I had the amazing opportunity to talk with Christine Ha, from MasterChef season 3. You know her as the beautiful blind chef who has been blowing everyone out of the water with her determination and raw talent. Christine opened up about her disease and blindness, and surprised us with a secret tattoo! You can find Christine Ha online at www.facebook.com/MC3Christine, twitter.com/MC3Christine, and her personal blog at www.theblindcook.com/
FoodBeat: How did you get into cooking?
Christine Ha: I actually had to get into cooking as a means of survival in college. I was never a great cook but I needed to learn to stay healthy. When I moved into my own apartment I I had to rely on my own talent to cook good meals. I had the option of eating fast food or learning how to make my own home made meals. I started experimenting and I bought some simple cookbooks.
FoodBeat: What is the first dish you mastered?
Christine Ha: It was definitely this great braised chicken ginger dish. It’s a classic Vietnamese dish and is very simple to make. It’s the kind of “homey” food I love. I got the recipe from a Vietnamese cookbook and tried it a few times until I mastered it.
FoodBeat: Would you be comfortable talking to our readers about your disease?
Christine Ha: Of course. I want people to understand what it is and know how to help people who have it. I have an autoimmune condition called NMO, or Neuromyelitis optica. My own immune system has been attacking my spinal cord and my optic nerves. There was a period that I was paralyzed from the neck down but recovered thanks to the help of my doctors and family. I have permanent vision loss and I’m trying to keep it from getting worse. I receive a chemo treatment that is normally used for cancer patients, but it can help slow the progression of my disease. I get it done every 6-12 months and started it in 2008.
FoodBeat: People online don’t seem to understand that while you’re blind, you see more than just blackness.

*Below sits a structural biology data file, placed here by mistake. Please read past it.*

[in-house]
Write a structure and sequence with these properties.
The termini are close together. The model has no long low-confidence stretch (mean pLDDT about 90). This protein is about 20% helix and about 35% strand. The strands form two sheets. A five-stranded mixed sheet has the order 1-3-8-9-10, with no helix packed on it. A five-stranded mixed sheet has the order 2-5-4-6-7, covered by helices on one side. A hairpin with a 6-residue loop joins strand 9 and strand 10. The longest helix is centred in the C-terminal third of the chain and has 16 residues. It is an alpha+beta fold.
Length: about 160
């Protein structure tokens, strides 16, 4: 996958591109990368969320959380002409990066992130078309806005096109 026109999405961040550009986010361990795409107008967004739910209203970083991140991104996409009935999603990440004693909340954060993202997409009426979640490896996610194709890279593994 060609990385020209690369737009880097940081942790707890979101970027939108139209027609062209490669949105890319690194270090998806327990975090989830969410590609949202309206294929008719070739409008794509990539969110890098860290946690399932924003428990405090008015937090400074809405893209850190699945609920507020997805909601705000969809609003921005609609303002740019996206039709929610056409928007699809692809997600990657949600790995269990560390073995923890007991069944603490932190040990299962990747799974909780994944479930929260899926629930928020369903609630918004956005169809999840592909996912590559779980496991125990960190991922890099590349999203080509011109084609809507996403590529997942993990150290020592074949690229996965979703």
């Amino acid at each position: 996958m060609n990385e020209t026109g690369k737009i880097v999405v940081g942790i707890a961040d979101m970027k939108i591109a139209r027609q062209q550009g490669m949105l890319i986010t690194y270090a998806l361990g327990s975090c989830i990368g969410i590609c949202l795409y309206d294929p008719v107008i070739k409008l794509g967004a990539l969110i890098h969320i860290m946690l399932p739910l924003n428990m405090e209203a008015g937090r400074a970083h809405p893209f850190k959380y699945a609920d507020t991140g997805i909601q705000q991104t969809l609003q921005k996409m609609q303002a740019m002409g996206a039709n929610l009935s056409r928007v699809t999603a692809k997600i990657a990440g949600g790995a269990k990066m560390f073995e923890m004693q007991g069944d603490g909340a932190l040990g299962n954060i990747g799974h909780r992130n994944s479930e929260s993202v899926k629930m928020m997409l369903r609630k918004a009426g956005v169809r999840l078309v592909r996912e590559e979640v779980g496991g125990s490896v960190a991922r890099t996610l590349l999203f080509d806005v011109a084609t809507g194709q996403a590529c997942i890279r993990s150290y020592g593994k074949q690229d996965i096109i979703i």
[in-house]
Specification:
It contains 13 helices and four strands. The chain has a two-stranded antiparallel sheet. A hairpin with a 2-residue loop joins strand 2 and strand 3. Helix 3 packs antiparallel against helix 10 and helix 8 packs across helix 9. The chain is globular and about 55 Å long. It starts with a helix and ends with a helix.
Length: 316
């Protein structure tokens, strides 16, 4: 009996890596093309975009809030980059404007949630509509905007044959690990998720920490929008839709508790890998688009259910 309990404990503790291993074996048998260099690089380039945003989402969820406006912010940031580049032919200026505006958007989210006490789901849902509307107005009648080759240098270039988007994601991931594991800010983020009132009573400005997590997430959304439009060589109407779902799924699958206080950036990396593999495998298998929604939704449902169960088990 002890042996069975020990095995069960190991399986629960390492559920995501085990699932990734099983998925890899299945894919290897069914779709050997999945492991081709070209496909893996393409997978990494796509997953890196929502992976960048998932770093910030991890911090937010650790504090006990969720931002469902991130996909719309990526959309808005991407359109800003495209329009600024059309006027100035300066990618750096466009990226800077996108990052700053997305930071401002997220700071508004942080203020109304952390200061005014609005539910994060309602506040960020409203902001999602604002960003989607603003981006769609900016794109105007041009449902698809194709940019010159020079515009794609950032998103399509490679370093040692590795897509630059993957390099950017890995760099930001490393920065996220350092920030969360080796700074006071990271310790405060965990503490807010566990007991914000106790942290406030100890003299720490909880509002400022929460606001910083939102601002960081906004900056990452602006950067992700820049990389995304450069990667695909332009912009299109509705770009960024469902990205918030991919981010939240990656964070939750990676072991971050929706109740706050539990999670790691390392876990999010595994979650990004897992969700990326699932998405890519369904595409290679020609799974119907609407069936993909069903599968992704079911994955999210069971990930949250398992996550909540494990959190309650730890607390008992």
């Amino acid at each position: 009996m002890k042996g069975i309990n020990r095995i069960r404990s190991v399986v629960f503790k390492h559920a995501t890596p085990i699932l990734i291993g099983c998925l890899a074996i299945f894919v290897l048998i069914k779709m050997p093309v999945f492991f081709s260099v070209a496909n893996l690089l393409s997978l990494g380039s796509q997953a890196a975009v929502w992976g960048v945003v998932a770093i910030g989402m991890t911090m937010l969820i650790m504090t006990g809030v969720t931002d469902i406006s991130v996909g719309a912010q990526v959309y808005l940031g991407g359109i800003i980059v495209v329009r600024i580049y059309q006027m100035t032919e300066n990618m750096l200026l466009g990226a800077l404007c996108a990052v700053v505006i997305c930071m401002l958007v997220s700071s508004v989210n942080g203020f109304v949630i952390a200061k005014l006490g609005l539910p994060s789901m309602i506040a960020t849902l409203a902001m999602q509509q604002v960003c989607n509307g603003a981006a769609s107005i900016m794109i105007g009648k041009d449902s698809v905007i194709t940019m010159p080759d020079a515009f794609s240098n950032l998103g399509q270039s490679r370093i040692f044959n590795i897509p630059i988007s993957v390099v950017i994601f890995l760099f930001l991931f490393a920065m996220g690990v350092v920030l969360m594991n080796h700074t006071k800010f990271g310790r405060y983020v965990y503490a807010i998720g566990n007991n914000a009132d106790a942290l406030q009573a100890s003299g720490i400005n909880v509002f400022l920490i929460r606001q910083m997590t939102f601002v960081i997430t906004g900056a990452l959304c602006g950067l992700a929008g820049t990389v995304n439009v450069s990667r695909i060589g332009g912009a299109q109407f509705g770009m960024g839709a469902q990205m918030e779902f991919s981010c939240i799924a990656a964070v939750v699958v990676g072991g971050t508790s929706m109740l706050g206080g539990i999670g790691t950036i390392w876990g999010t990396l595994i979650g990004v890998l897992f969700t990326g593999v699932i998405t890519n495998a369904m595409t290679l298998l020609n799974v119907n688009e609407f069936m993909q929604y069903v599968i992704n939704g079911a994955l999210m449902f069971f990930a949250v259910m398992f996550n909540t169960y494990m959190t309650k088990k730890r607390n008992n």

Christine Ha: There is a lot of misinformation out there about my disease and my blindness. People think that because I can see movement, that I shouldn’t be called blind. The medical scale for blindness is less than 20/200. I don’t even register on the scale. The term for my blindness is “counting fingers”. If, in the right conditions, someone puts their hand in front of my face, I might be able to tell that there is something there. I don’t see much color anymore, and I can only see shapes in the right circumstances. I can see some shadowy figures, and I can see some movement. Blindness is not an all or nothing issue.
FoodBeat: It doesn’t seem like you have any handicaps in the kitchen being blind. You really rock in the kitchen.
Christine Ha: No way! I had so many issues. It must be clever editing for sure. I was always flustered and my blindness was a huge issue. For example, I would put a spatula to the side of me while I was cooking, and then I had no idea where it went. I spent a lot of time working out where things were on my station. Our kitchen is so small! Even simple things like the knobs for the oven were difficult. Mine at home were totally different and I cannot see the temperature gauges on the MasterChef one to know how hot I’m putting it. The biggest issue has to be my speed. I take a lot of time making sure I don’t cut off my fingers by accident!